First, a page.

The story of the pensioner riding buses to keep warm and the importance of empathy in your media interviews

It is not often a journalist reveals how they think a tricky question should have been answered.

Not outside of our media training courses, anyway.

But that did happen with one of the most talked-about interviews of this week.

It came when Boris Johnson was interviewed on Good Morning Britain by Susannah Reid.

It was his first interview on the programme for five years.

And if he felt he would be in for an easier time now Piers Morgan is not around, he was sorely mistaken.

Much of the focus of the interview has been on one question.

It was about Elsie and it highlights the cost-of-living crisis many are facing.

Elsie is a 77-year-old widow. Her energy bills have gone from £17 to £85 a month – an additional £816 a year to find.

To cut back costs, she is eating just one meal a day – yellow sticker discounted items - and gets up early to use her freedom bus pass for much of the day to stay warm and avoid using energy in her home.

The Prime Minister was asked what else she should cut back on.

Here’s what he said.

“I don't want Elsie to cut back on anything,” he said.

“Let's talk about Elsie and what we are doing and - just to remind you that the 24-hour freedom bus pass was something that I actually introduced.”

Ms Reid replied: “Marvellous, so Elsie should be grateful to you for her bus pass? What else should she cut back on?”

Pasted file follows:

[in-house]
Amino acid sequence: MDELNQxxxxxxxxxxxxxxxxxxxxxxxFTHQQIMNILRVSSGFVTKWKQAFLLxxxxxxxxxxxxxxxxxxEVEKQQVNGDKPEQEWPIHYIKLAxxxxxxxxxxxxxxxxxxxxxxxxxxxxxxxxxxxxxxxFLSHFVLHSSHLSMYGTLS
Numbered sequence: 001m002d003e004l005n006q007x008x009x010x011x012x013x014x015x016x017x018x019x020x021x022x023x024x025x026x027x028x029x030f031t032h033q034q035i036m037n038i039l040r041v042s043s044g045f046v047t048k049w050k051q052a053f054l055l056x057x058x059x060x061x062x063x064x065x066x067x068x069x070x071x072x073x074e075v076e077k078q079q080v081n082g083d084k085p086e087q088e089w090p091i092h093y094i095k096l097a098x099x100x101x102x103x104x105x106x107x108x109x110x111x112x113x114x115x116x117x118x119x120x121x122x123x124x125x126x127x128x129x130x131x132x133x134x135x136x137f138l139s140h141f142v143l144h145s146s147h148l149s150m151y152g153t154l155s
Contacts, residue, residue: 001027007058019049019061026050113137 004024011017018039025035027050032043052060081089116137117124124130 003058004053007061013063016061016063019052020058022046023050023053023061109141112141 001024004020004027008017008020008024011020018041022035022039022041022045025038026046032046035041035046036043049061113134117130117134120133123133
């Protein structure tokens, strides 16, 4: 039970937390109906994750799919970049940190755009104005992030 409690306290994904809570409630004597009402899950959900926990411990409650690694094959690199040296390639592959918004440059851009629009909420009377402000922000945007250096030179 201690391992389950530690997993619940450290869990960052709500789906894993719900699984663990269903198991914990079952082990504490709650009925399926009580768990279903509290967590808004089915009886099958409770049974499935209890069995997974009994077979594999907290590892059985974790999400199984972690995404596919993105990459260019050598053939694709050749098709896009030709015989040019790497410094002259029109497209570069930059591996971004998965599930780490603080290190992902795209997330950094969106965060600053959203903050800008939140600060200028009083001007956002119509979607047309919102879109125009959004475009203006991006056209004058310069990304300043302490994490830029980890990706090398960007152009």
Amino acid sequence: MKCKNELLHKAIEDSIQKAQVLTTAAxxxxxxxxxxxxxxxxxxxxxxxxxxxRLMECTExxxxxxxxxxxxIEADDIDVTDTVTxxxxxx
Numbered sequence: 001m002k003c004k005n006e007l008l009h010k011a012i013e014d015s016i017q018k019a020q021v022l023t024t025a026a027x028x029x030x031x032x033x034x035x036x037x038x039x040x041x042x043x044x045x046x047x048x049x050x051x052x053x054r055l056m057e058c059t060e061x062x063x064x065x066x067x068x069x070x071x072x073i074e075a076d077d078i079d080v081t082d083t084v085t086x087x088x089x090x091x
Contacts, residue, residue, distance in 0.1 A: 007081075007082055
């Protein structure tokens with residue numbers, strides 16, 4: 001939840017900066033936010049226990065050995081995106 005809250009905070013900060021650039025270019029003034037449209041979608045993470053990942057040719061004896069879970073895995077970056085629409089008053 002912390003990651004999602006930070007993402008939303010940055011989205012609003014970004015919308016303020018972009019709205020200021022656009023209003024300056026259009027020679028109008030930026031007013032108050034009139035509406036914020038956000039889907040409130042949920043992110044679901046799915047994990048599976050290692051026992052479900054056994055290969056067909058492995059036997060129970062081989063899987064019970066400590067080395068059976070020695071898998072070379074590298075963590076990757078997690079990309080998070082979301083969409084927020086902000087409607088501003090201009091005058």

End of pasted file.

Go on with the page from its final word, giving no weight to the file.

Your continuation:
“There are plenty of things more that we are doing,” Mr Johnson continued.

“What we want to do is make sure we have people who are in particular hardship looked after by their councils, we are putting much more money into local councils.

“We have the particular payments to help elderly people in particular with the cost of heating.”

The exchange became increasingly uncomfortable for the Prime Minister, with Ms Reid revealing Elsie already qualified for the help he outlined and that she will not receive the Council Tax rebate.

It finished with Ms Reid saying: “Prime Minister, you can’t say anything to help Elise, can you?”

He replied: “No, because what we are doing is making sure we take the steps now to invest in our energy supply, to ensure we have the supply for the medium and the long-term.”

That last response serves as a reminder of the importance of istening to the language used in the question. Did he mean to say there wasn’t anything he could say to help Elsie?

The Elsie questions – and how they were handled – turned Elsie into something of an overnight star.

Cold Elsie has a chilling effect on Boris Johnson’s ITV comeback Telegraph

Elsie ‘disappointed’ with Boris Johnson’s response, says Susannah Reid Guardian

Sir Keir Starmer accuses Boris Johnson of being ‘out of touch’ on cost of living crisis over ‘Elsie’ response Evening Standard


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So, how should the Prime Minister have handled this question? What should other spokespeople do when confronted with an uncomfortable case study like this?